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Linux Journal: A Conversation with Bernie Thompson, VistaSource

May 27, 2000, 16:09 (0 Talkback[s])
(Other stories by David Penn)

"Put simply, VistaSource is Applix's Linux Division spun off. As Bernie Thompson, president of VistaSource makes clear below, the increasing diversity of Applix's business initiatives--namely, Windows-based customer relationship management processing on the one hand and "UNIX-centric, Linux-centric" office suites on the other--made spinning off the Linux division as VistaSource almost a no-brainer. Now with an arsenal that includes Applixware 5.0 and their new Applix Anywhere technology, Bernie's VistaSource is set to take on the StarOffices, the Corel WordPerfect Offices ... even Microsoft Office itself. In and among telling us how he thinks VistaSource will make its mark, Bernie offers some interesting thoughts on licensing, ASPs and mobile technology, and the joys of being "native." Read on."

"...David: The last thing I wanted to ask was about the relationship between VistaSource and some of the other Linux distributions out there, particularly in terms of Applixware showing up with some of the Red Hats or Calderas or whatever. What kind of relationship do you anticipate there?"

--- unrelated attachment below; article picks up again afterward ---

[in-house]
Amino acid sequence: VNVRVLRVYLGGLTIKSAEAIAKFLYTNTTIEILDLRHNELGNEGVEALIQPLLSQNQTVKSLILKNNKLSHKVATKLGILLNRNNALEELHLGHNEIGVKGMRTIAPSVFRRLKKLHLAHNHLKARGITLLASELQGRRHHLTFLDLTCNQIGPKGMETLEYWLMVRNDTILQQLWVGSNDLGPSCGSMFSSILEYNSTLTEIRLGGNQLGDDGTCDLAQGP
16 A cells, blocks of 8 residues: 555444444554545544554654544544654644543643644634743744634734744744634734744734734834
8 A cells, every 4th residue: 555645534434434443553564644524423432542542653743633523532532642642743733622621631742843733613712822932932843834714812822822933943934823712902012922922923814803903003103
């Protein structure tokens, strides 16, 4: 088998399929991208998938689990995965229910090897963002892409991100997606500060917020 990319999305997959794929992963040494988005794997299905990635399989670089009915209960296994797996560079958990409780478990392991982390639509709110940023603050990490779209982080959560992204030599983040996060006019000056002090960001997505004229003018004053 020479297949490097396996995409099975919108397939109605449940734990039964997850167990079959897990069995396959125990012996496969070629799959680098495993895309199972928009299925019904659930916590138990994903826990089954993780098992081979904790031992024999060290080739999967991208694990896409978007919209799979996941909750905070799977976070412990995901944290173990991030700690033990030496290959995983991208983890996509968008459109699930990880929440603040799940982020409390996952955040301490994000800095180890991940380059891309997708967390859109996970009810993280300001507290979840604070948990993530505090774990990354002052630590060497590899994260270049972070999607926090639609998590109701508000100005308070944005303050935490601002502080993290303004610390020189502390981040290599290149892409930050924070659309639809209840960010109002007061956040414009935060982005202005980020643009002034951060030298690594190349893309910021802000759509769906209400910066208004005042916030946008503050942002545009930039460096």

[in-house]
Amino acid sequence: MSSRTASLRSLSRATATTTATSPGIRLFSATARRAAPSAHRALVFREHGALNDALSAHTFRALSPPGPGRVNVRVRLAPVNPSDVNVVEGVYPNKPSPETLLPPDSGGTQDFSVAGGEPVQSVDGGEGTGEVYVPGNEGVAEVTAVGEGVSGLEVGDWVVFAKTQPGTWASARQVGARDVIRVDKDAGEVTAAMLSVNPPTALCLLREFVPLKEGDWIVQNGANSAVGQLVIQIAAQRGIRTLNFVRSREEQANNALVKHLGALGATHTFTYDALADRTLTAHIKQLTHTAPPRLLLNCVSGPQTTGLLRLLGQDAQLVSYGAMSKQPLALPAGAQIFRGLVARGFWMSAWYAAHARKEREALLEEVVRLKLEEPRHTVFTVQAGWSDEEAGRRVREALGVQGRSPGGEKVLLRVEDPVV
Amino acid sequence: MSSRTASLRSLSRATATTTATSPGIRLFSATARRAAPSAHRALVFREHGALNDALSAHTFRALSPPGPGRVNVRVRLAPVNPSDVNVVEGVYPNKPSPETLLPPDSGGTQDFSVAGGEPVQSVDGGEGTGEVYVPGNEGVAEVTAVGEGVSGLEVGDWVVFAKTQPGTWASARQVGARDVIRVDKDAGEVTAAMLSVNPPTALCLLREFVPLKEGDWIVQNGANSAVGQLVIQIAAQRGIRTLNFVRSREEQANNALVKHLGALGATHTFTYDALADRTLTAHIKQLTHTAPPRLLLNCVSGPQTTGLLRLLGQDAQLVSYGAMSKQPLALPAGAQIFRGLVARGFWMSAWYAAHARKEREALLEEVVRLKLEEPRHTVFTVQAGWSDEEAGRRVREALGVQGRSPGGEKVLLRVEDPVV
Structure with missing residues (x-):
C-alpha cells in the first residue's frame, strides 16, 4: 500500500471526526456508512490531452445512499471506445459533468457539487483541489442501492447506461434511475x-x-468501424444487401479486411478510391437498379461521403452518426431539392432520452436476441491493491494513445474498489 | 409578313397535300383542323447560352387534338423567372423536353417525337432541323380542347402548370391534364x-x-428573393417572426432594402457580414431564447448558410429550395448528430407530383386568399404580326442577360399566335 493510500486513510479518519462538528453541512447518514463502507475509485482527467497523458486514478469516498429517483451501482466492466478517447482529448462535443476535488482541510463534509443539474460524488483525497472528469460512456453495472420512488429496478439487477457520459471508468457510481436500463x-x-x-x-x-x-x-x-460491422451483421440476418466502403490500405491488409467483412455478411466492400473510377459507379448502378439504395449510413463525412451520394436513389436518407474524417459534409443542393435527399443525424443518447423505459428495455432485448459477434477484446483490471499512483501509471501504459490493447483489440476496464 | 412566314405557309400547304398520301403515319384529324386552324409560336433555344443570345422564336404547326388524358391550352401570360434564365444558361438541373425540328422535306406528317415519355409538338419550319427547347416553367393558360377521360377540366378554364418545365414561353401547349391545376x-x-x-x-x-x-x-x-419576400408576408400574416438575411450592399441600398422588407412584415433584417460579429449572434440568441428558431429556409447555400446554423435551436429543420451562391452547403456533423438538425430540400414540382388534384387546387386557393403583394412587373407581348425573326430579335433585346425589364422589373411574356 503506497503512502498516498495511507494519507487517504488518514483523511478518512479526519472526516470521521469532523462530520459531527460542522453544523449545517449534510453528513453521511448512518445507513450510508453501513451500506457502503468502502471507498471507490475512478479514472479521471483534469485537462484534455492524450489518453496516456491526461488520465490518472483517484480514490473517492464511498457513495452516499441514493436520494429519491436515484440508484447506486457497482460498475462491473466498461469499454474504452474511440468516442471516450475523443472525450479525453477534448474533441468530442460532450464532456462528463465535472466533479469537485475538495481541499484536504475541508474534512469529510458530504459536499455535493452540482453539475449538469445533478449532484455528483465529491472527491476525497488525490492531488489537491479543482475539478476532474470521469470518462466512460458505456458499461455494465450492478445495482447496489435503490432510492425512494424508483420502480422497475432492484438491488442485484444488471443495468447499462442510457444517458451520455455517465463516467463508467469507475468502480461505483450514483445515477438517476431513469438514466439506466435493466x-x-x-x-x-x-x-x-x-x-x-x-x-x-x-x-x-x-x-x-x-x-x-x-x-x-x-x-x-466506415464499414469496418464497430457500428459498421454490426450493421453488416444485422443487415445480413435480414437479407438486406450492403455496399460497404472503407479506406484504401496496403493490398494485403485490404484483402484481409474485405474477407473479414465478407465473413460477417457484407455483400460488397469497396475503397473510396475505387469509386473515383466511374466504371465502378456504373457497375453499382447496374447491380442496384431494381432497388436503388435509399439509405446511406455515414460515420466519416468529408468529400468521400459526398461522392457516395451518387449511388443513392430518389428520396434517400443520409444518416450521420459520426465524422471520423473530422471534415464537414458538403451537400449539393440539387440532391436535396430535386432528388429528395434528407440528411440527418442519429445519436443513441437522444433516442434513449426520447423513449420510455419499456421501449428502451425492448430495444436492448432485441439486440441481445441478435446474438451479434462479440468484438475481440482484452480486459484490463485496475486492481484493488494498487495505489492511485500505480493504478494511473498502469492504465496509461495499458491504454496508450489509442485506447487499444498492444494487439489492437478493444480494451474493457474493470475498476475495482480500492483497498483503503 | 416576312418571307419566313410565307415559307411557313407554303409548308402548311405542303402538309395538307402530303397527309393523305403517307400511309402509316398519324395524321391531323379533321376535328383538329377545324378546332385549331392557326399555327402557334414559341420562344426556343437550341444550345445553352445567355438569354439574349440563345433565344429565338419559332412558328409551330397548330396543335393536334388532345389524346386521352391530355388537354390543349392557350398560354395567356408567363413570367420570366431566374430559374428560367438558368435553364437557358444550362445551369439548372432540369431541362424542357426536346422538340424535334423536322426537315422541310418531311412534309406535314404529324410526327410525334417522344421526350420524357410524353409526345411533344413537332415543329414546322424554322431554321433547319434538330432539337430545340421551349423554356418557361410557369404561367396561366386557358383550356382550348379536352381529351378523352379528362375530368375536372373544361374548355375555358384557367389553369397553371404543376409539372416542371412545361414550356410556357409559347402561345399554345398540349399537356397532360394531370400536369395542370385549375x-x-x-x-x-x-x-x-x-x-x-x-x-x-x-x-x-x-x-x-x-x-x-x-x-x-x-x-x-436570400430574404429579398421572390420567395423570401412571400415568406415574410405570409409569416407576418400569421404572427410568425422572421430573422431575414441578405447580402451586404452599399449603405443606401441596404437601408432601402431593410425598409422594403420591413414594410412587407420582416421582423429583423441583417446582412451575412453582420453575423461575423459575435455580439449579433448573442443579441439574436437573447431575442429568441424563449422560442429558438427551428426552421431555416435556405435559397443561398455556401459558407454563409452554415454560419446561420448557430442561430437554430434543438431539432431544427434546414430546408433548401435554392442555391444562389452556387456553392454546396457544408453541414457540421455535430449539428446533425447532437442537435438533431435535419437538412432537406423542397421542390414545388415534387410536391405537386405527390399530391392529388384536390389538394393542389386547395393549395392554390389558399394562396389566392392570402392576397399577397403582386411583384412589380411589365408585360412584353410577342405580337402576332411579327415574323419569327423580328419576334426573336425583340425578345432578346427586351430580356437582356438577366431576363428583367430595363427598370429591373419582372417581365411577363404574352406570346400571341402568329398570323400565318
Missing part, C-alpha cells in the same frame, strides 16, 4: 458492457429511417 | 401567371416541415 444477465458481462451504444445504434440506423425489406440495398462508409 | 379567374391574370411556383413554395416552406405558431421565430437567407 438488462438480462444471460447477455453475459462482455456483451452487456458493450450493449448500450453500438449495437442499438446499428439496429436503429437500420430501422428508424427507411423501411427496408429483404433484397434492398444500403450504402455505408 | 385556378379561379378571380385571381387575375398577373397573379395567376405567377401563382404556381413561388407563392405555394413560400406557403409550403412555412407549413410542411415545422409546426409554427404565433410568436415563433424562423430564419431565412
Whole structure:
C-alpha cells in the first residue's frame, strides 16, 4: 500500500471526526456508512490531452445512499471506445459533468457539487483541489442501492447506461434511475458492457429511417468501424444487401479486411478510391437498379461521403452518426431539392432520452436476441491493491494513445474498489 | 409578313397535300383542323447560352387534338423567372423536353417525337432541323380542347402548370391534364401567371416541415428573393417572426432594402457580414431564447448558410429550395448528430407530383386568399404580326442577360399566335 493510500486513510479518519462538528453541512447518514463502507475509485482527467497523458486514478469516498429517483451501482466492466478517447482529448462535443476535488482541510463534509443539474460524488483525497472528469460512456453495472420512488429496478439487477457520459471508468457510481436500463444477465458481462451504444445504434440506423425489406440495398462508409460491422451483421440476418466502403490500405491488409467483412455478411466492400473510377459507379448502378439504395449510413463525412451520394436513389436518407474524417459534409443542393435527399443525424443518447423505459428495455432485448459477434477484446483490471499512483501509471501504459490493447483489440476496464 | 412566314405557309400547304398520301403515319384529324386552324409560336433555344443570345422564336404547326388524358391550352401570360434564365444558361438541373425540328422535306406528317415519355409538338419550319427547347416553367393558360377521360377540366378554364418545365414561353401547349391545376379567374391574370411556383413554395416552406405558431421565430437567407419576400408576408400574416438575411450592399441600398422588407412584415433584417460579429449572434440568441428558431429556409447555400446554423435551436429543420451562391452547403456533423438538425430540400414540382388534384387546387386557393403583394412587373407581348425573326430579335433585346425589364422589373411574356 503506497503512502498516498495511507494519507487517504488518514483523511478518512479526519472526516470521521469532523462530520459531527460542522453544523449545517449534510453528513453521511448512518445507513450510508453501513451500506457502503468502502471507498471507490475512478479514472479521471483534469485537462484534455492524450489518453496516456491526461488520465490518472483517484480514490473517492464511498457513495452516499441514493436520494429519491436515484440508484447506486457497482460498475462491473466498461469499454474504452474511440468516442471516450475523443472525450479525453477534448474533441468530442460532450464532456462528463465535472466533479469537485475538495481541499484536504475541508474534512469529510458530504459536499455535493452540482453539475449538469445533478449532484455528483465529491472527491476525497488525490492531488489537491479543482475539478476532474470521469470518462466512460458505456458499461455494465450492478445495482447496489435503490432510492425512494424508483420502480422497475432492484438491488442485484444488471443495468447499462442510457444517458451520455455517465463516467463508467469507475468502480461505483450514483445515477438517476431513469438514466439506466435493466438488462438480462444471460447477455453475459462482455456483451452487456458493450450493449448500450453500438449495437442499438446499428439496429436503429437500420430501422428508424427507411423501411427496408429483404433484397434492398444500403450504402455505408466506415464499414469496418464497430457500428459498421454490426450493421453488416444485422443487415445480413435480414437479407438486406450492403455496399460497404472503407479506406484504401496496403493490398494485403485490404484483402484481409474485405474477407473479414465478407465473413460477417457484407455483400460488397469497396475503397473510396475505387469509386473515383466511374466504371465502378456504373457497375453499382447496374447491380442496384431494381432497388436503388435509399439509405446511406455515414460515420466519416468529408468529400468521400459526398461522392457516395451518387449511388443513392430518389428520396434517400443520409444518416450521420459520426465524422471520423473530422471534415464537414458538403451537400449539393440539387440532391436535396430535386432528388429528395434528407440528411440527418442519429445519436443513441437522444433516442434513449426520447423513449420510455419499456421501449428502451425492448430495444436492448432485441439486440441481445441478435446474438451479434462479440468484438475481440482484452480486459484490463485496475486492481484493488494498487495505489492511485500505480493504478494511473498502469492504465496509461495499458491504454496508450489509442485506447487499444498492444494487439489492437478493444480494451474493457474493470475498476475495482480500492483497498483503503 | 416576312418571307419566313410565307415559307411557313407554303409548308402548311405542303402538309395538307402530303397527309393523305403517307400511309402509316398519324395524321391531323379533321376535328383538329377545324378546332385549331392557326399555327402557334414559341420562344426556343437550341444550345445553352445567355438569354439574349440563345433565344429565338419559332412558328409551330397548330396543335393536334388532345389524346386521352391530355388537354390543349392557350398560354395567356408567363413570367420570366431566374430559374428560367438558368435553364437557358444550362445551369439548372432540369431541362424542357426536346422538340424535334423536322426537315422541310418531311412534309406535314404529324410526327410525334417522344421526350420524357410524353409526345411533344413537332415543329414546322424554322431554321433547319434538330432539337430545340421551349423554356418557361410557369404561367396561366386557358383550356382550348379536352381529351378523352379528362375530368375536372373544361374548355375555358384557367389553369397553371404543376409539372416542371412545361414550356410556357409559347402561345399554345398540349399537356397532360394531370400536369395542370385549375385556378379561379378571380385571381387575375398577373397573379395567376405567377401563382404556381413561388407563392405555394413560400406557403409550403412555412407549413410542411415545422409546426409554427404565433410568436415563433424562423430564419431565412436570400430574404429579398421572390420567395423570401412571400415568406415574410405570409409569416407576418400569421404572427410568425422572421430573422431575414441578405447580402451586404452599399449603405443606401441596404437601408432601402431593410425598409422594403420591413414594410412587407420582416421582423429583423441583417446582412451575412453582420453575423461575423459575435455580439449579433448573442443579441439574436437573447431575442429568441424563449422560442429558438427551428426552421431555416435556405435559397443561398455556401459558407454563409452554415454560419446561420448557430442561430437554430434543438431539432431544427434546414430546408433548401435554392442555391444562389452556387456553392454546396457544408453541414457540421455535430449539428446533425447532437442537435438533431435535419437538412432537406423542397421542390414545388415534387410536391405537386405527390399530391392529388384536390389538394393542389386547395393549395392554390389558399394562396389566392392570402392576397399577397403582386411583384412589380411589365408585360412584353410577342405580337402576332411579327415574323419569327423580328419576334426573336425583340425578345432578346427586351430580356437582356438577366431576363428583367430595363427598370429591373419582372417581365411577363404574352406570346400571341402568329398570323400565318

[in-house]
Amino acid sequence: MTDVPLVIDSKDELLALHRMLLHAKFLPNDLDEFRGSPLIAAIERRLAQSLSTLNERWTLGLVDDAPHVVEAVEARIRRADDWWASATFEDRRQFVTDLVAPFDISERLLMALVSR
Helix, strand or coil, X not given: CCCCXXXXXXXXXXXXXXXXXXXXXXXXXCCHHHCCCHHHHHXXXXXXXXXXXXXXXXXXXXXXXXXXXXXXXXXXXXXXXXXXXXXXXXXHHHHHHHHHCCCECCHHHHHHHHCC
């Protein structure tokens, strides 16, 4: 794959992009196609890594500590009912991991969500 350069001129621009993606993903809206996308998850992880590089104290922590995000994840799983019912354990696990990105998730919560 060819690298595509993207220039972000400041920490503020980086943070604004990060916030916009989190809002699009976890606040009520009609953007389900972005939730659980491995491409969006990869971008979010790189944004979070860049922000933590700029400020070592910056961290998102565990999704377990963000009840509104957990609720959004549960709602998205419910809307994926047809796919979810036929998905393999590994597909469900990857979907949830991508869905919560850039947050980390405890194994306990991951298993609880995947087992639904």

"Bernie: This is where we're really needed, because in the end, you need great applications to make your system useful, right? And today, the major application providers are ourselves, Sun and Corel, and then KOffice and some of the work around the GNOME office suites, but really it's the three: Sun, Corel and ourselves that are very far along. In the case of Sun and Corel, they aren't independent software providers. They have, in both cases, an operating system they care about, which in Sun's case is Solaris and in Corel's case their own distribution. It's such a shame. It's a recreation of the same Microsoft problem again, where you've got companies that own both the operating system and the applications. We're never going to get into the Linux distribution business. We're never going to do that, and the reason is because we want to be the pure, independent software vendor that's able to port widely and support a wide range of platforms - on both the operating-system side and the hardware side. In Sun's case, they really care about the SPARC architecture and in selling SPARC and Solaris servers, and we want to be able to have this be an application that's portable to a wide range of platforms. That's a key focus for us: to be an independent software company that's able to focus on just doing great apps, and doesn't have any of these conflicts of interest."

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